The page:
31 Subreddits Every Penny Hoarder Should Follow
How many cake days have you celebrated? Have you ever given — or been the lucky recipient of — Reddit gold?
Wondering what the heck I’m talking about?
If you’re completely unfamiliar with Reddit, don’t worry: It’s really not that complicated. It’s basically an aggregator of discussion forums — a concept which might be familiar to you if you remember the internet in its pre-Facebook (or even pre-Myspace!) days.
Reddit users can post and discuss text, images and videos about a variety of topics on dedicated, user-run “subreddits,” or individual forums.
The site also features a unique content rating system, by which readers — or “redditors,” if you will — can “upvote” or “downvote” content. These votes influence a post’s performance and placement, with only the most popular and upvoted content making it to the “front page of the internet.”
Basically, it’s like a hyperspecialized, crowdsourced newspaper. And while it’s not perfect, it can be a fantastic source of information, entertainment and community, no matter your interests.
Since you’re here at TPH, I’m gonna go out on a limb and guess that saving money is in your interest set.
So how, specifically, can you put Reddit to work for you?
The 31 Best Subreddits for Penny Hoarders
When you sign up for a free account on Reddit, you’ll automatically be subscribed to a number of ultrapopular subreddits — stuff like the self-explanatory r/funny or the repository of tiny cute animals that is r/awww.
But if you want to customize what you see on your front page, you’ll have to get busy subscribing to the specific boards you want to follow.
To do so, you’ll just find a relevant subreddit and click the “subscribe” button in the right-hand sidebar. (You can also add specific subs to your dashboard or shortcuts from here, and usually there will be a short description of the subreddit with FAQs and rules — give ’em a look!)
Although you’ll still only see the content with the most upvotes, your front page will be populated primarily with posts from subreddits whose updates you subscribe to.
That means if you play your cards right, logging on to Reddit could become a literal gold mine, filled with money-saving tips, hot deals and freebies, and a plethora of cheap, healthy recipes to try.
Reddit is a dynamic community, with new subreddits popping up every day.
But to get you started, we raked through its boards and hand-picked a custom list.
Here are some of the very best subreddits for Penny Hoarders to follow.
Basic Personal Finance and Debt Repayment
Need to get a handle on personal finance basics? Check out these subs.
Although this board has some discussion of higher-level topics, like investment, it’s also filled with redditors asking basic questions, like “Is $90/month okay for a phone bill?”
(Our answer? Sure, if that’s what you want… but you certainly don’t have to spend that much.)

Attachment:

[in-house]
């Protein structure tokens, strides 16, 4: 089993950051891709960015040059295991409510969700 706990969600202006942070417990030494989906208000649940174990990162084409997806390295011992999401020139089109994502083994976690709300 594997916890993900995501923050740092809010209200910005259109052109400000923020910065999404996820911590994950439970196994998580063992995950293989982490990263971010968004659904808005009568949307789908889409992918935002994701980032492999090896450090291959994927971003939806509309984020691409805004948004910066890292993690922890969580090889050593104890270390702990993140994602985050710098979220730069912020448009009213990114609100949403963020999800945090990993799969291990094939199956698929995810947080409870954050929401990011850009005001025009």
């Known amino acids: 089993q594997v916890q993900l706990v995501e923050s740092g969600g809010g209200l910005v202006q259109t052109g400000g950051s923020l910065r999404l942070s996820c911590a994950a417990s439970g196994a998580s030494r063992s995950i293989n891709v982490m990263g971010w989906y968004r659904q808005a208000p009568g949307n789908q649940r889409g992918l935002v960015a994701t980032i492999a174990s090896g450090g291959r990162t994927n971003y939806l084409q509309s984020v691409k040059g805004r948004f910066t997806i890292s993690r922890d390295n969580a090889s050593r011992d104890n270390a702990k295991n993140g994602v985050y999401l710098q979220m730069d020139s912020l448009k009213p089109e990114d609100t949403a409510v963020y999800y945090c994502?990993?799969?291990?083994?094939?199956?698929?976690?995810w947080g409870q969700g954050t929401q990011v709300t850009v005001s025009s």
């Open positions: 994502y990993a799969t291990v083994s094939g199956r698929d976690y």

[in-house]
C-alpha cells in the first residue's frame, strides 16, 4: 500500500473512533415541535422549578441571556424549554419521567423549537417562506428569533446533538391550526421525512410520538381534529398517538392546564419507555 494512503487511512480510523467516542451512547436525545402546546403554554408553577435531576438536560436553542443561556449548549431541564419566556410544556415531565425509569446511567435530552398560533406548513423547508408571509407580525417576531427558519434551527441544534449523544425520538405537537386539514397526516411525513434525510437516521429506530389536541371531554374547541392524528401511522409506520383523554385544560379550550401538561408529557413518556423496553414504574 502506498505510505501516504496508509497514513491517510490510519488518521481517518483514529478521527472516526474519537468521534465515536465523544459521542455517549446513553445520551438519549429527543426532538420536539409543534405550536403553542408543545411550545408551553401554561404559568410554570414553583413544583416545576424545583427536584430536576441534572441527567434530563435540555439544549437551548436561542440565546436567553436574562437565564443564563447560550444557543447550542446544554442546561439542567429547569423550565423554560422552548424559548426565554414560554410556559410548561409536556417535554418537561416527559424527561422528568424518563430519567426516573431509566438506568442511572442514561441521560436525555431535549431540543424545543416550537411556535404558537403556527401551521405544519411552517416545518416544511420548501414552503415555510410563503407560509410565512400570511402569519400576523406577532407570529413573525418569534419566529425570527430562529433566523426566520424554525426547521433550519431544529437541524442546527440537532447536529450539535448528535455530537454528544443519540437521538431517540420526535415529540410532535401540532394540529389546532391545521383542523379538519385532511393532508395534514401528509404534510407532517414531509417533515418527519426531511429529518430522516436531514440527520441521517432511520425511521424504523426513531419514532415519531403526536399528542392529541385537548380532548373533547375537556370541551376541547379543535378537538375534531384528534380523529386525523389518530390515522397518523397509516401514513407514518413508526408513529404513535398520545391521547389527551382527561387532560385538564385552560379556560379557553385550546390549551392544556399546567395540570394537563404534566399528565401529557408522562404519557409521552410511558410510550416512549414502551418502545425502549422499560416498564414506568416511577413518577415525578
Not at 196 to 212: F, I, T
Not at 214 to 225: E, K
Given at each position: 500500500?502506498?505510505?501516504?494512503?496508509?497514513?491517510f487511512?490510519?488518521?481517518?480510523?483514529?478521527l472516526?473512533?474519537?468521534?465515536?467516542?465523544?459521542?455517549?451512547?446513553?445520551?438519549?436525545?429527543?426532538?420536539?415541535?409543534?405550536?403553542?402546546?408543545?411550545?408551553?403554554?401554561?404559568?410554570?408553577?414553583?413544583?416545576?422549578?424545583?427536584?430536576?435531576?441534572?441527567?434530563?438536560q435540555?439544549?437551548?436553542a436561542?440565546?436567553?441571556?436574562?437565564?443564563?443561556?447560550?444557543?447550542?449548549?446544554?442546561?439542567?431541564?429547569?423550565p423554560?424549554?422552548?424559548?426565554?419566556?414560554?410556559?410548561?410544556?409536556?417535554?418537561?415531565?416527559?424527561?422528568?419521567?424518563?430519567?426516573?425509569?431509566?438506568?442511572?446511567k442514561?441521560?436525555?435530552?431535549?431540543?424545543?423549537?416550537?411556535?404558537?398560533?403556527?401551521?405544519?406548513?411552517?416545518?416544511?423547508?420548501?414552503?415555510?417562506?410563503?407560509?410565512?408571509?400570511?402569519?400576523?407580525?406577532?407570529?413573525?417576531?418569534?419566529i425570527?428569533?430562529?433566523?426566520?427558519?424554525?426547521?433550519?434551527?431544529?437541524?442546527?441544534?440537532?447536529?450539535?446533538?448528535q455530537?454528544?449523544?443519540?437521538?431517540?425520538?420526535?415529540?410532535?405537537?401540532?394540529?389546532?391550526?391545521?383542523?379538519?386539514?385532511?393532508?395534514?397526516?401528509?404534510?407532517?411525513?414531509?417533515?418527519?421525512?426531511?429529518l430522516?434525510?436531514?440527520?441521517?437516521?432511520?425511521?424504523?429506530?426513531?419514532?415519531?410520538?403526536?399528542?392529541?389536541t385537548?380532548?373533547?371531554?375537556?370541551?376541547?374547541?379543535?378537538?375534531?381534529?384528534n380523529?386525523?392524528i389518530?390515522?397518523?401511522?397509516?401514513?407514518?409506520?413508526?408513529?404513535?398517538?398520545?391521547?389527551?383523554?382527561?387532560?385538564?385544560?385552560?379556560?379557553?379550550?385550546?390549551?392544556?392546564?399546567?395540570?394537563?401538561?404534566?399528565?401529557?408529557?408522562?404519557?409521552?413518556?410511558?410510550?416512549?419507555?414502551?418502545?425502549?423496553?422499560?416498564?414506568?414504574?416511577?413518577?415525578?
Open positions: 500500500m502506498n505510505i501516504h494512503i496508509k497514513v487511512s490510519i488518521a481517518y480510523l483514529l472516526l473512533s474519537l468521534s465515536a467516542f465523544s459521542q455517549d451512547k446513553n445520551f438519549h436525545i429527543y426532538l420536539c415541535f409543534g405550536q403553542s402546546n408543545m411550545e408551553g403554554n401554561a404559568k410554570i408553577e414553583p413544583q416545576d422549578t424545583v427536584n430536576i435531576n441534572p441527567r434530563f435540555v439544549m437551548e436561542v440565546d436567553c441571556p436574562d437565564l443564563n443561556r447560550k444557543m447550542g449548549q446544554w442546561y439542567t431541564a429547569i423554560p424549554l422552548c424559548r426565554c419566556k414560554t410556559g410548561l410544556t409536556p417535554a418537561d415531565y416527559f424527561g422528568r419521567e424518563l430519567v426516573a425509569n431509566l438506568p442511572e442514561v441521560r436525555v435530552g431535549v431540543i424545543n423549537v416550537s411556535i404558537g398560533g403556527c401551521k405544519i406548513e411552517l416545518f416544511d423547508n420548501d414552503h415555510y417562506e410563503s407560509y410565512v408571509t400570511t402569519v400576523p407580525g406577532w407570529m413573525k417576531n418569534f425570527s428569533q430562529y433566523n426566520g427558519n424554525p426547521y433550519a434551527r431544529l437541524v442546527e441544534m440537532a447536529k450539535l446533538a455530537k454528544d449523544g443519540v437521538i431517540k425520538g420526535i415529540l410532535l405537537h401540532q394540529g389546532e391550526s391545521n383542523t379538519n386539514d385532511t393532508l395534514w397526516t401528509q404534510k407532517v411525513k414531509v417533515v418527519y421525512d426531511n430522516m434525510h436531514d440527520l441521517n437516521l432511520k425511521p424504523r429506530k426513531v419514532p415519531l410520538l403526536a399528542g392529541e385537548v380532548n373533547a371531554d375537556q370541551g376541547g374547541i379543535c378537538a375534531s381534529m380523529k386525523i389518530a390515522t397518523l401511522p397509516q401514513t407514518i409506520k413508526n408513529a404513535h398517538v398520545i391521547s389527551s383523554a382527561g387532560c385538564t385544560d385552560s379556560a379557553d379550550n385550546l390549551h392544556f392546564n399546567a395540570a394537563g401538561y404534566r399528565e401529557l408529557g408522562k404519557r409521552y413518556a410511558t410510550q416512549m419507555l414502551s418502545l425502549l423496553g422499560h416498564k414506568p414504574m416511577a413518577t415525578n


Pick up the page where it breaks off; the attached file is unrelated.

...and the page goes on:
If you’re not in the States, you can also check out r/PersonalFinanceCanada, or the personal finance boards for Australia and the U.K.
The name of this popular budgeting app is apt: You do need a budget.
This subreddit will help you set one and stick to it. It also serves as a great resource for technical trouble with YNAB itself.
(Psst: YNAB isn’t paying us to tell you this! Interestingly, this subreddit is better populated and more consistently followed than r/Budgeting or r/Budget, so this is the one we recommend.)
Once you’ve gotten a better handle on your money, head over to this board to figure out the best thing to do with those rapidly growing stacks of hoarded cash.
And while you’re at it, check out our post about how to set financial goals!
Join other redditors on a quest to get debt-free, no matter what you’re working on paying off.
If you’re dealing with this growing nationwide financial problem, r/StudentLoans can be a source of great tips and tricks — not to mention camaraderie.
Serious about achieving financial independence and retiring early? This subreddit’s devoted population will help you hold yourself accountable and make it happen.
You know how we roll. These subs will help you save that money.
What can we say? These are our people.
From calling BS “service” charges like they see ’em to offering easy-to-follow meal prep recipes, the r/Frugal community takes frugal living seriously.
This subreddit adds a minimalist, environmentally conscious spin to the frugality equation.
Sometimes, simple really is better.
Aspiring coupon queen or king? We salute you — and think you can probably use all the help you can get. Couponing can be hard work!
Check out this discussion board for tips and tricks from veteran clippers.
Find freebies of all sorts — and make sure the money you do part with is well-spent.
This is one of my personal favorites.
Ready to invest in a pair of boots that’ll last you a decade? Need a reliable knife? r/BuyItForLife will help you do just what its name says — and although its recommendations are rarely cheap, they always carry amazing cost per use value.
(Related: Check out our post on brands that offer lifetime warranties. Buy it once, and rest easy knowing if you break it, you can get it fixed or replaced for free!)
If you want to be first in line for some of the best freebies on the internet, subscribe to this board, and check back often.